The epidemic of opioid addiction in our country has gotten plenty of attention over the years. But a new study points out that a pretty significant population of the country might be sitting right in our blind spot.
The study, published in the journal Pediatrics on Tuesday, revealed that adolescents are being prescribed a worrying amount of opioids. Researchers analyzed 11 years of data taken from patients in emergency rooms and outpatient clinics who were between 13 and 22 years old. That 11-year span, from 2005 to 2015, encompassed 78,000 total visits, in which 15 percent of ER visits and 3 percent of outpatient visits resulted in an opioid prescription.
Among the most common situations when the patients were prescribed opioids were dental disorders (60 percent), collarbone fractures (47 percent), and ankle fractures (38 percent). These figures were "strikingly similar" to the prescription rates for adults, said Joel Hudgins, the study's lead author.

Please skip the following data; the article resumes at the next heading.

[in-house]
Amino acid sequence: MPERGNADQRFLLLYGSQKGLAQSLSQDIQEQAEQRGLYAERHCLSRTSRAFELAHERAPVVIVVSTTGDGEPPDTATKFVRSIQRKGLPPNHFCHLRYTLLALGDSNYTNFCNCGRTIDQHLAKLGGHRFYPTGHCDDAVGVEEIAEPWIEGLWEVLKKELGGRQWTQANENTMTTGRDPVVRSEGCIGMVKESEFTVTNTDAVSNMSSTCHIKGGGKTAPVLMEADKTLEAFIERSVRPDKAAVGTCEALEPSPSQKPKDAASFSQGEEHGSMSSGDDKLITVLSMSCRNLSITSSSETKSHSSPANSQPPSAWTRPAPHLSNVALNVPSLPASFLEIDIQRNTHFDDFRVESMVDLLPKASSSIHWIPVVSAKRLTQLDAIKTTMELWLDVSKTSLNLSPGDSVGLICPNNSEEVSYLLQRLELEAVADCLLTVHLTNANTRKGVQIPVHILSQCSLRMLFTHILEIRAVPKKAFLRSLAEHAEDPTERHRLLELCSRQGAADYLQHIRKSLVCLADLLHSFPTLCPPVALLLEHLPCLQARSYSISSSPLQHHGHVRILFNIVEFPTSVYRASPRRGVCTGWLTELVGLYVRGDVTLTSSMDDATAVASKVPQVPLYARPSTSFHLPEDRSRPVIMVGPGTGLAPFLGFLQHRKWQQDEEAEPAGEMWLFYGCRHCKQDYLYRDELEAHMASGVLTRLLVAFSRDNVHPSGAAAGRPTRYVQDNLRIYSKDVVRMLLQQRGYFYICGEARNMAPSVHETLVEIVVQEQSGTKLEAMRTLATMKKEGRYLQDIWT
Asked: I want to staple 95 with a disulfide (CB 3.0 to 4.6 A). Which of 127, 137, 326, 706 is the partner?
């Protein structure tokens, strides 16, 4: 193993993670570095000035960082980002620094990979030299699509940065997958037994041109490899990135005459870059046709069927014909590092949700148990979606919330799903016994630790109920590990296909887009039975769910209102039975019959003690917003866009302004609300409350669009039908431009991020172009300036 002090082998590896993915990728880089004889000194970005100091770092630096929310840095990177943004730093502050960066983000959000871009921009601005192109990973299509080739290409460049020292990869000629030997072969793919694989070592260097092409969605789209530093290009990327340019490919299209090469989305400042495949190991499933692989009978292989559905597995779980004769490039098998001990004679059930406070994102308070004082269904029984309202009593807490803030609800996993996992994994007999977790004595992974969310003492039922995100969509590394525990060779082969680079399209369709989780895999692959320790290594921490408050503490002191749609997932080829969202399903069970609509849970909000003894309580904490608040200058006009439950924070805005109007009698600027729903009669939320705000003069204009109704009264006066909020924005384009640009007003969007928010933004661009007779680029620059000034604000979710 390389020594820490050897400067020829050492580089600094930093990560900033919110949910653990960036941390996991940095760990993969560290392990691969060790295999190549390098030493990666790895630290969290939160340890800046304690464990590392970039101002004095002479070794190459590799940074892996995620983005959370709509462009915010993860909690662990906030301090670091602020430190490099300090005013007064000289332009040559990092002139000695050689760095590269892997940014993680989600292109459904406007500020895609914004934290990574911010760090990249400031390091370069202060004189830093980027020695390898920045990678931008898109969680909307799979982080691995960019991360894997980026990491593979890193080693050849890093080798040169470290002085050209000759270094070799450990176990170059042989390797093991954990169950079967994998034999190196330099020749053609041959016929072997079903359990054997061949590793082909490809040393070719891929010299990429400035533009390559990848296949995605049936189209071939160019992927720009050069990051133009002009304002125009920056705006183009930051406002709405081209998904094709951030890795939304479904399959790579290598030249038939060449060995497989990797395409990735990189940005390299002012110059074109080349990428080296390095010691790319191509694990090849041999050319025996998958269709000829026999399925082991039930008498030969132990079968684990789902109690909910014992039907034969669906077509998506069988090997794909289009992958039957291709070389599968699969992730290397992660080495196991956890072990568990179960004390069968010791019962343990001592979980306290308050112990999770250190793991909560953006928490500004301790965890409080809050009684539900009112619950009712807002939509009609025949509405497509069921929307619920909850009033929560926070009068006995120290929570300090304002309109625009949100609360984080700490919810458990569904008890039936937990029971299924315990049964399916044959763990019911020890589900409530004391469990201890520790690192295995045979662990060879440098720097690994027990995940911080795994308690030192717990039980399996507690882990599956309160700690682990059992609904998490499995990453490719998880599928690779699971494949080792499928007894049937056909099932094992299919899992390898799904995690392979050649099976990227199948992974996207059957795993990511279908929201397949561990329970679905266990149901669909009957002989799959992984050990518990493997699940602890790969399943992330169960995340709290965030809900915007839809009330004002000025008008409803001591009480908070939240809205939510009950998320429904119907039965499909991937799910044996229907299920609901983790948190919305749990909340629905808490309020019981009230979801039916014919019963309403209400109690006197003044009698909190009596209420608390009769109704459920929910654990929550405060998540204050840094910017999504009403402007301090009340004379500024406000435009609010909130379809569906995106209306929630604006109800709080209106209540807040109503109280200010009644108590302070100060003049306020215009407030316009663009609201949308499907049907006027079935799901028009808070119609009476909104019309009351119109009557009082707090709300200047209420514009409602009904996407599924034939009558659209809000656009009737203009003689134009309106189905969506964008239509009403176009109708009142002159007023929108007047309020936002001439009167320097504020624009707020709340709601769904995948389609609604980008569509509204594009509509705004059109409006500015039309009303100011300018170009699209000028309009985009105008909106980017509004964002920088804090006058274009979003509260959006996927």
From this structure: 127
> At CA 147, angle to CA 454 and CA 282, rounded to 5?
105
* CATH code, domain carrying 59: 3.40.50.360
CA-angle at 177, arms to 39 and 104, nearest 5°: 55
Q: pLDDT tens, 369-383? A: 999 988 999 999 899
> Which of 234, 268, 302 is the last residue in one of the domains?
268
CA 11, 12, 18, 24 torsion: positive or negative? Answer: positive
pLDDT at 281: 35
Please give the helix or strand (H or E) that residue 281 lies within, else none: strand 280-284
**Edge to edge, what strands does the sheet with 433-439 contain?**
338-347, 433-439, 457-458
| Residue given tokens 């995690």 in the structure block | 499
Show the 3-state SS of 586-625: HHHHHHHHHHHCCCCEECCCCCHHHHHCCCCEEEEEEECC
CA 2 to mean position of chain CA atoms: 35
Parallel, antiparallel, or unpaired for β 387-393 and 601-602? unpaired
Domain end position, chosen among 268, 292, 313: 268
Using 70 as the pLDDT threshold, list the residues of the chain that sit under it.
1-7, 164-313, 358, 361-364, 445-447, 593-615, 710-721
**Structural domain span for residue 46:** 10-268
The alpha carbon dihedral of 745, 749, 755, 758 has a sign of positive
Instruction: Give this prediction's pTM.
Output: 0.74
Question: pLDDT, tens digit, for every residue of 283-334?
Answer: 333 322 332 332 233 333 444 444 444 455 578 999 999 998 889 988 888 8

But when it comes to adolescents, medical guidelines aren't as clear about how much to prescribe — "at least not on a national level," Hudgins explained, like they are for adults. And besides that, teens and young adults are at a higher risk for misusing opioids, CNN reported. All of this adds up to a dangerously high chance for opioid addiction at a young age.
Read more at CNN.